Red Sea Development Co. signs $2bn in new contracts, 70% to local companies

Red Sea Development Co. signs $2bn in new contracts, 70% to local companies
The Red Sea Project aims to make a great impression in the tourism sector, as the project looks to attract one million visitors by the end of 2030. (File/Shutterstock)
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Updated 26 November 2020

Red Sea Development Co. signs $2bn in new contracts, 70% to local companies

Red Sea Development Co. signs $2bn in new contracts, 70% to local companies

The Red Sea Development Co. (TRSDC) signed more than 500 contracts for a total value of $2 blln so far, out of which 70 percent were awarded to local companies, Ahmed Ghazi Darwish, Chief of Staff at TRSDC, told Argaam in an exclusive.

He further added that construction of the base camp at the Red Sea project started in February 2019, noting that the developer seeks to have Saudi companies as partners in the project success.

The public-private partnership (PPP) initiative is in final stages, the official explained, adding that new partnerships, which will provide utility services including water, electricity and waste treatment, will be unveiled by the end of the year.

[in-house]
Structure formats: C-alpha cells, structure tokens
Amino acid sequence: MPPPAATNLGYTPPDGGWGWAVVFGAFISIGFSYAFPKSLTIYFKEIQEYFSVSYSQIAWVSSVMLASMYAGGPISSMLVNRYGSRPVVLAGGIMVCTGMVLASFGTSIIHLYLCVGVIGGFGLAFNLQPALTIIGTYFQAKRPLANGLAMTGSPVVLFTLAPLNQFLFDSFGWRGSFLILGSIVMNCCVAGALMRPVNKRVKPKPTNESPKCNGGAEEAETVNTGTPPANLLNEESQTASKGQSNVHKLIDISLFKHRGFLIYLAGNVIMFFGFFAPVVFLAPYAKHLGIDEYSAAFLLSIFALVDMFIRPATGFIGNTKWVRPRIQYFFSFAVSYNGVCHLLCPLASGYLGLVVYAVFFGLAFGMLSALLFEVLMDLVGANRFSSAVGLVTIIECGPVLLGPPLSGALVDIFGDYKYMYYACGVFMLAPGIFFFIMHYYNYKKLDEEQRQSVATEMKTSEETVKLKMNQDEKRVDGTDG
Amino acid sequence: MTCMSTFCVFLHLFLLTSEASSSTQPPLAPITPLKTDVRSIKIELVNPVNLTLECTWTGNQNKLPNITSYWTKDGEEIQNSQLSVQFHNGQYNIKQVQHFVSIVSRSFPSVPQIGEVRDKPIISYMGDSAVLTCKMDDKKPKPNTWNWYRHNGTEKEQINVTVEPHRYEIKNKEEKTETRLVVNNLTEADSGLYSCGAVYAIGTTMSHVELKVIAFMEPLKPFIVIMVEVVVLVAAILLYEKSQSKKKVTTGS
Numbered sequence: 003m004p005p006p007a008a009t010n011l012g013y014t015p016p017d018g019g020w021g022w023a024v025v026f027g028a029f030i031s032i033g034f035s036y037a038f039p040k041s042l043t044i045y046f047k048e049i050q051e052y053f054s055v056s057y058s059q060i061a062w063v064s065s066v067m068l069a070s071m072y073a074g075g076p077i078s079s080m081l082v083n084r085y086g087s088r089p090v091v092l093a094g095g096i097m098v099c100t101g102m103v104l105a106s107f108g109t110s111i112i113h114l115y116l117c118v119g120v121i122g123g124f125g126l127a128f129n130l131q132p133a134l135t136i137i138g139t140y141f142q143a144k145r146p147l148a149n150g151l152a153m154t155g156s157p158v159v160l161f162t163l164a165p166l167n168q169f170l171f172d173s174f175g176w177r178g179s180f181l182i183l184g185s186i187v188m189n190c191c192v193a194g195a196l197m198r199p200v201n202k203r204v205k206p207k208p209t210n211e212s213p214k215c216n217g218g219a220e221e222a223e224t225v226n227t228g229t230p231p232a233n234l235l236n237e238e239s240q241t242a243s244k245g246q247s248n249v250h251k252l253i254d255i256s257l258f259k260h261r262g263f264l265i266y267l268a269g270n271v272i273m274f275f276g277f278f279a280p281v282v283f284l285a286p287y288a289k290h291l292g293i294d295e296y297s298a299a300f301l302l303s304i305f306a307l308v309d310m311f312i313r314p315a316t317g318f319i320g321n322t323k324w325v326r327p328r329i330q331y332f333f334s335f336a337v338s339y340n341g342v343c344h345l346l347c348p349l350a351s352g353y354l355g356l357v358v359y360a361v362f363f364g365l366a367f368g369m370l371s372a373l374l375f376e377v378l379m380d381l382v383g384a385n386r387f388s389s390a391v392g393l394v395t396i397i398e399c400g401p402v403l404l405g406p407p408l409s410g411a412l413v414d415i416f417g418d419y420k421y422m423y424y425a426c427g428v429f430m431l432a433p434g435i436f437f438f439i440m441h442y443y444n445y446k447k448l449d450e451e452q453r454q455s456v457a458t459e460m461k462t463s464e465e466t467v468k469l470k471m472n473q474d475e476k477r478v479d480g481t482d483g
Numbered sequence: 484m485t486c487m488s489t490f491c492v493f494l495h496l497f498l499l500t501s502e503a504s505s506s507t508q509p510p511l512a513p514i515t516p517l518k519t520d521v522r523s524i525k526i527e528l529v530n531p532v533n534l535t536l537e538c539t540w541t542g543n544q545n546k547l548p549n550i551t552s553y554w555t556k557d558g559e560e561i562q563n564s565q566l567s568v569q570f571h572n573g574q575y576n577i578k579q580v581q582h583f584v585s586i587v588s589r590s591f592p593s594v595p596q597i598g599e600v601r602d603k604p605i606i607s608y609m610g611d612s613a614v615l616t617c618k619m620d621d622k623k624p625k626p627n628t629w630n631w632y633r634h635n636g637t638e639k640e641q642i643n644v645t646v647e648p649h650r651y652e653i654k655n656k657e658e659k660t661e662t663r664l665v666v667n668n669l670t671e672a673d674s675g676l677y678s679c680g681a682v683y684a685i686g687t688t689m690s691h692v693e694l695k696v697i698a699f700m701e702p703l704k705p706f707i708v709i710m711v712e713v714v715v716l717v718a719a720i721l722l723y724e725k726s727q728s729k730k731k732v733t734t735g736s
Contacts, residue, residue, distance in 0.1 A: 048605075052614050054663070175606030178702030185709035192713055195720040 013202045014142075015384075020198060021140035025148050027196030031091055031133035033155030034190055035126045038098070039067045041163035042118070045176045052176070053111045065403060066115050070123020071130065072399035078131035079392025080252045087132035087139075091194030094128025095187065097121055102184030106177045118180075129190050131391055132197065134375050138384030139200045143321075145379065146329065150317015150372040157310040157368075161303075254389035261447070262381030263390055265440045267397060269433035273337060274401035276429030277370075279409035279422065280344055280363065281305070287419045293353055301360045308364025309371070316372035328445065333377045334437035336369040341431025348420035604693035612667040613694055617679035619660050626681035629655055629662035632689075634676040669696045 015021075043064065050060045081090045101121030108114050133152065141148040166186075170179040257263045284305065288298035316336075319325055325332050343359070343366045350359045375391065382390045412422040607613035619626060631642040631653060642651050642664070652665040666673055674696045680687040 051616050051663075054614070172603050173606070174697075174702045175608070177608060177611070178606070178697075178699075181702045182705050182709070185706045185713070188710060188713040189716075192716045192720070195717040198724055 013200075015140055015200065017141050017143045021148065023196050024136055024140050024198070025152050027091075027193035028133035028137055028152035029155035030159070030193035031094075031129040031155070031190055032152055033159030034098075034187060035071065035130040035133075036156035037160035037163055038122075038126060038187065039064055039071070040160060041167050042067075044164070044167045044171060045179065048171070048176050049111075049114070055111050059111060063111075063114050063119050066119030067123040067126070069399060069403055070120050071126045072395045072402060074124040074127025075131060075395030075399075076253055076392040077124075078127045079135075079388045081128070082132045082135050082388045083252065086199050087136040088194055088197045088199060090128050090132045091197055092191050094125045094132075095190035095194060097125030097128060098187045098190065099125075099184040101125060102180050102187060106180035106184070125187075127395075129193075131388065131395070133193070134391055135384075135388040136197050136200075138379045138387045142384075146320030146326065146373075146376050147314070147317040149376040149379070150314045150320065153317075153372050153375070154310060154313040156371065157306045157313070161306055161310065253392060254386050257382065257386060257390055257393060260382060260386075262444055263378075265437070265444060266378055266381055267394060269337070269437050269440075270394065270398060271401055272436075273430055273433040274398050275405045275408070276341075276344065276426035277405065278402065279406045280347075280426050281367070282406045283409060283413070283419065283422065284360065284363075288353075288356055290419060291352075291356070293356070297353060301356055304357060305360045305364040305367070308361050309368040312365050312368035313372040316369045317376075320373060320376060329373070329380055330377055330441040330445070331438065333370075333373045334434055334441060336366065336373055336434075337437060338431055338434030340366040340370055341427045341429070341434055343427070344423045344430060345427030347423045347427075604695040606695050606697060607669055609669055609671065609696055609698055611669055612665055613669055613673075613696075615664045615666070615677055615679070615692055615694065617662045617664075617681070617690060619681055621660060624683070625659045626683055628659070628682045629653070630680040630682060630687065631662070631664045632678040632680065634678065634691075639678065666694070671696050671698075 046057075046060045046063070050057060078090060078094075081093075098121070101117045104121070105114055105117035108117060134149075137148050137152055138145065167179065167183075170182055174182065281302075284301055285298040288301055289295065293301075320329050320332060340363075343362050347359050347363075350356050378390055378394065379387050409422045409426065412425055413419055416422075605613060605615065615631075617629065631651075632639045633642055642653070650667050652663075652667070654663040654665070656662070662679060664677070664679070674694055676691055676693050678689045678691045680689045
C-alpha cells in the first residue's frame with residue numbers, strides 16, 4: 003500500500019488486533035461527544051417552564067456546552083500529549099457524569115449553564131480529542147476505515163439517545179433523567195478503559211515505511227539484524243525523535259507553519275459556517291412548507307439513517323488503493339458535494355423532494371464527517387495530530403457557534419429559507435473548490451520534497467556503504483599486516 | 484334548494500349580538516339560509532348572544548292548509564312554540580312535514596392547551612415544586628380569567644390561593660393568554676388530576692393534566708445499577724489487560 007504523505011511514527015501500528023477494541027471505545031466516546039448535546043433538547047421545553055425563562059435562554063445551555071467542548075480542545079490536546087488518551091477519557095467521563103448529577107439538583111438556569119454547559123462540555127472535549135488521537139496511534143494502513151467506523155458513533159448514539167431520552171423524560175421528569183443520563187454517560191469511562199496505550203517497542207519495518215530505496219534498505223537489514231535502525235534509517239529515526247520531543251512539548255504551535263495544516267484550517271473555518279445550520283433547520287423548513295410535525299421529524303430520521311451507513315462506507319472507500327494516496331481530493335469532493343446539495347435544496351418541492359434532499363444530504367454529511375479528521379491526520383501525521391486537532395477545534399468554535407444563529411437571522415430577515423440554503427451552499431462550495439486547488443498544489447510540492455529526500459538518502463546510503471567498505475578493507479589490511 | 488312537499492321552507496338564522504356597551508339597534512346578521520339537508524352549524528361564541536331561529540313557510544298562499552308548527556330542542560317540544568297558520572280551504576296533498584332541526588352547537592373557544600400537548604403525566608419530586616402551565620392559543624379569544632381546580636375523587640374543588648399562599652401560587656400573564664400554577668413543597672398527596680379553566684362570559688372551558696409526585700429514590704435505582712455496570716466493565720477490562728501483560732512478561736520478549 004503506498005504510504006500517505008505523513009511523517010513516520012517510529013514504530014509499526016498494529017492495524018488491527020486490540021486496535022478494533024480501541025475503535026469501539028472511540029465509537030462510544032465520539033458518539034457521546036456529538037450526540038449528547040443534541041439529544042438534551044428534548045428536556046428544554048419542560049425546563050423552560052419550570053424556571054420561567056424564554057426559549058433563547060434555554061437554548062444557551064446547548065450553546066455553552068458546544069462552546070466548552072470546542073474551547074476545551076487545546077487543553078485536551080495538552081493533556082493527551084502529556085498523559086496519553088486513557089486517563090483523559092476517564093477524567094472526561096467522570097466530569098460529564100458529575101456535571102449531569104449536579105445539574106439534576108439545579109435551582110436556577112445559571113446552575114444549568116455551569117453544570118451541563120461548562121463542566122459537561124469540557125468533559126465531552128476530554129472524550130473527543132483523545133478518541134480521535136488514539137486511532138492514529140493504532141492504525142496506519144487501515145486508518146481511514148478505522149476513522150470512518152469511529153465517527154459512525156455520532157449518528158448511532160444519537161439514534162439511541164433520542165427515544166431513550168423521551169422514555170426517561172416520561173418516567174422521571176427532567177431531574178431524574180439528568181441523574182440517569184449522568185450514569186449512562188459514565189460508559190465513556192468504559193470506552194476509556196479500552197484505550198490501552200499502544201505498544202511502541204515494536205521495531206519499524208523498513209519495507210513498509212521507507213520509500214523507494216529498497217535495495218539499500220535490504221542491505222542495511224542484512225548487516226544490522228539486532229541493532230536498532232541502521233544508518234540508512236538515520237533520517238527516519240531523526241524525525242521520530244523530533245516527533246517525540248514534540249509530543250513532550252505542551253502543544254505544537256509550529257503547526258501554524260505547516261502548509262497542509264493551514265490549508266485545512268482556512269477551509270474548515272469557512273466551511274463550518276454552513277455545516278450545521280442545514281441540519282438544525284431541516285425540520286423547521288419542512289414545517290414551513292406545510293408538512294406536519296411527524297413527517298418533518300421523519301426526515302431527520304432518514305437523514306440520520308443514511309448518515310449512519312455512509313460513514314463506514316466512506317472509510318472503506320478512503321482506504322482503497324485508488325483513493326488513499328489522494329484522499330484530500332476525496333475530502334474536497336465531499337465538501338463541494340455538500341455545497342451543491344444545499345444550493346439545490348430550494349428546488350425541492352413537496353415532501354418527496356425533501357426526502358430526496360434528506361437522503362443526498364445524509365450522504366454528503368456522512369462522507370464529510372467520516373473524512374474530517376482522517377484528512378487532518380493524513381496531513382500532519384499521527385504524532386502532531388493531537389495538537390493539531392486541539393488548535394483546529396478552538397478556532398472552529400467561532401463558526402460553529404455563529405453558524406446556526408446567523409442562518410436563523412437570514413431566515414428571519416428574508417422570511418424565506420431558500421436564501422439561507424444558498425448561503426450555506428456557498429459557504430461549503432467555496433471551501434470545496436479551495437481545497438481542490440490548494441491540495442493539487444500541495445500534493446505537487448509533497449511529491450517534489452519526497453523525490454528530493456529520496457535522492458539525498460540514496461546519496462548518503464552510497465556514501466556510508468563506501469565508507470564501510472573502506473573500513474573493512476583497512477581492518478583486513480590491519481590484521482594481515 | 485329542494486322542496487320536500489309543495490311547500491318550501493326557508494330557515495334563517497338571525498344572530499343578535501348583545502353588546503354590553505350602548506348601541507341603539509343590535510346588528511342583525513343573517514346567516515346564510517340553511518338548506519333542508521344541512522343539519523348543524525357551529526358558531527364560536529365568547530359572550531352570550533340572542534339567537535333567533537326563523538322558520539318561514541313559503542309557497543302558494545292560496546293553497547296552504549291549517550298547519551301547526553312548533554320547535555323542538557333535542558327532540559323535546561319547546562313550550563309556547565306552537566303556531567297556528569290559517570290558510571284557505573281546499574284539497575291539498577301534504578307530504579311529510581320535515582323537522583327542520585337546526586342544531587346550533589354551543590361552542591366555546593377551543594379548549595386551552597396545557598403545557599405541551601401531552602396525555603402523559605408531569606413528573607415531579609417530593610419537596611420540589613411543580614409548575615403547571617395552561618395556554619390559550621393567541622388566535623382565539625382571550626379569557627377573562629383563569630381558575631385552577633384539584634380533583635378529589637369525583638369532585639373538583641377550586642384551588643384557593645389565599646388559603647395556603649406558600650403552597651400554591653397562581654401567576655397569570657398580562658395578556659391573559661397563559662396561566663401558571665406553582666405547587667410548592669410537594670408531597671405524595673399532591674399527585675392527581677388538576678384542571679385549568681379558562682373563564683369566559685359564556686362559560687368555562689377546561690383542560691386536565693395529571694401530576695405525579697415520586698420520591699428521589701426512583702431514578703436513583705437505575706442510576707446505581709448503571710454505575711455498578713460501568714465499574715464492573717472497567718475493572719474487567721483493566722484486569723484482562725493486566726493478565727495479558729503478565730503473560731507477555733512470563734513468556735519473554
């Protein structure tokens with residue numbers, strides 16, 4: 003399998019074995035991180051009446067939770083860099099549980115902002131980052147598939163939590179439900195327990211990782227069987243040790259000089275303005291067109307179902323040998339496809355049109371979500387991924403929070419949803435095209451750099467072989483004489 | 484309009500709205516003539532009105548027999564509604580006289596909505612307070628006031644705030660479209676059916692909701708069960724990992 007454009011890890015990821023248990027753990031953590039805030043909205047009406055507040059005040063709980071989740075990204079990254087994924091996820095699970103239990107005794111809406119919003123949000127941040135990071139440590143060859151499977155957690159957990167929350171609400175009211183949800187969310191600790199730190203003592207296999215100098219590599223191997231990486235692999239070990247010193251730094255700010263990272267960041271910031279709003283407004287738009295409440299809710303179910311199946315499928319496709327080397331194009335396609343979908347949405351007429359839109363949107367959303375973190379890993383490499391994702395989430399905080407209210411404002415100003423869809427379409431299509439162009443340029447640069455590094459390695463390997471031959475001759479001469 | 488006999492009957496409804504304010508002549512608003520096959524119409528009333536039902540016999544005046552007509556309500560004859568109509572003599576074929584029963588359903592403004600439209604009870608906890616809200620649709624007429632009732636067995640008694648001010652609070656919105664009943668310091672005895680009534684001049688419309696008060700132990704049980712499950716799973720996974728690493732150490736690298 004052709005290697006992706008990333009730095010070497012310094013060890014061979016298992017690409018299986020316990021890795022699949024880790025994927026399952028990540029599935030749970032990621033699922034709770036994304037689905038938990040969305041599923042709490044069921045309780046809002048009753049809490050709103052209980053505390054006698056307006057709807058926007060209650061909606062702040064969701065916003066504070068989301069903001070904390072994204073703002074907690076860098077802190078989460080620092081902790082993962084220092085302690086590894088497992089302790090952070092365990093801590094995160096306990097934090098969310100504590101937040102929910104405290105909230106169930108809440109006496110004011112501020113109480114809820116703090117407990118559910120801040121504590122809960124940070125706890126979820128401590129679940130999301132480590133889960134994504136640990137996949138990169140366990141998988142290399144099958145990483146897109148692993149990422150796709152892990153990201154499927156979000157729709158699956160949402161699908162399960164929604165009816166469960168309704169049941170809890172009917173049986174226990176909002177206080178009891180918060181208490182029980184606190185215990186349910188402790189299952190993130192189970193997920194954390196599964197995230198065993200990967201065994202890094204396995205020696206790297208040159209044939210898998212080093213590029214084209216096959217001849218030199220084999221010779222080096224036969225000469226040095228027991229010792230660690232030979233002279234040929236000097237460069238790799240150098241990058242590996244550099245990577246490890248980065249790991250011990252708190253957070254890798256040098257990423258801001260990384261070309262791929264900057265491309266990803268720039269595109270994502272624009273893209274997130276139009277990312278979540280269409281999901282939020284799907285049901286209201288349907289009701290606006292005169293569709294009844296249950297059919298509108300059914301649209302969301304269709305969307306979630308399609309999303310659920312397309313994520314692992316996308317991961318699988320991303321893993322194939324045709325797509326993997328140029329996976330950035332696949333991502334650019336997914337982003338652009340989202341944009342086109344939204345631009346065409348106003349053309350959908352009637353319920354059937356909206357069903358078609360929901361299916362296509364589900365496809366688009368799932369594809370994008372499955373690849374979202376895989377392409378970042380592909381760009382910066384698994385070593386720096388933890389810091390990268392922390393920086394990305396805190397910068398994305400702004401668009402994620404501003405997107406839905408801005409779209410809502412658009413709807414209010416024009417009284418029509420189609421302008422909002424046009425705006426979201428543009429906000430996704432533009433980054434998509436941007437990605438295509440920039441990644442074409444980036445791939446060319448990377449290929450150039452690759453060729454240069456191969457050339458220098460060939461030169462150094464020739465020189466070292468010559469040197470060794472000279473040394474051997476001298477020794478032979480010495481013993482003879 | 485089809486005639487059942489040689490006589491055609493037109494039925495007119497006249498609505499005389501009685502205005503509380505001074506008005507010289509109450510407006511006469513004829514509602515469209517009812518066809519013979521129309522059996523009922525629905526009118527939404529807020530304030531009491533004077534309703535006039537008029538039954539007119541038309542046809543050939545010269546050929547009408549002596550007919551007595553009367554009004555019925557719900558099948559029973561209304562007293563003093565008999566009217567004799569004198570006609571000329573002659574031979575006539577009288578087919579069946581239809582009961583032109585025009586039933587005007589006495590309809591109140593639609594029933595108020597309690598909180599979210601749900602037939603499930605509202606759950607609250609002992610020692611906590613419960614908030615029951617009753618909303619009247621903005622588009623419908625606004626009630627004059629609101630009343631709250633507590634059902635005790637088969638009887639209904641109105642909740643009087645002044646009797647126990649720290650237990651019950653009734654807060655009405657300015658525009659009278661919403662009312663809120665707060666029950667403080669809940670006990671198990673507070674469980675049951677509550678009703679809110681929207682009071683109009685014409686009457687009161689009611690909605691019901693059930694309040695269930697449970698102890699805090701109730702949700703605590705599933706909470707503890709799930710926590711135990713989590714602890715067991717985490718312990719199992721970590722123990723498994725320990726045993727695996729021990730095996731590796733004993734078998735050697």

TRSDC signed an agreement with Saudi-based Nesma & Partners Contracting Co. Ltd. and Almabani General Contractors for the airside infrastructure works contract for the mega Red Sea tourism project’s international airport, Darwish pointed out.

The company contracted Saudi Al-Majal Al-Arabi Holding Group to build accommodation for workers and Saudi Arabian Real Estate Infrastructure Co. (Binyah) to construct a 77-kilometer (km) road network at the Kingdom’s upcoming tourist destination.

Moreover, Dubai-based DuBox Precast Products Industrial, a subsidiary of Amana Contracting Group, was awarded by TRSDC a contract to build a factory in Rabigh to transport manufactured products to the project site. The factory provided many job opportunities for nationals in the province.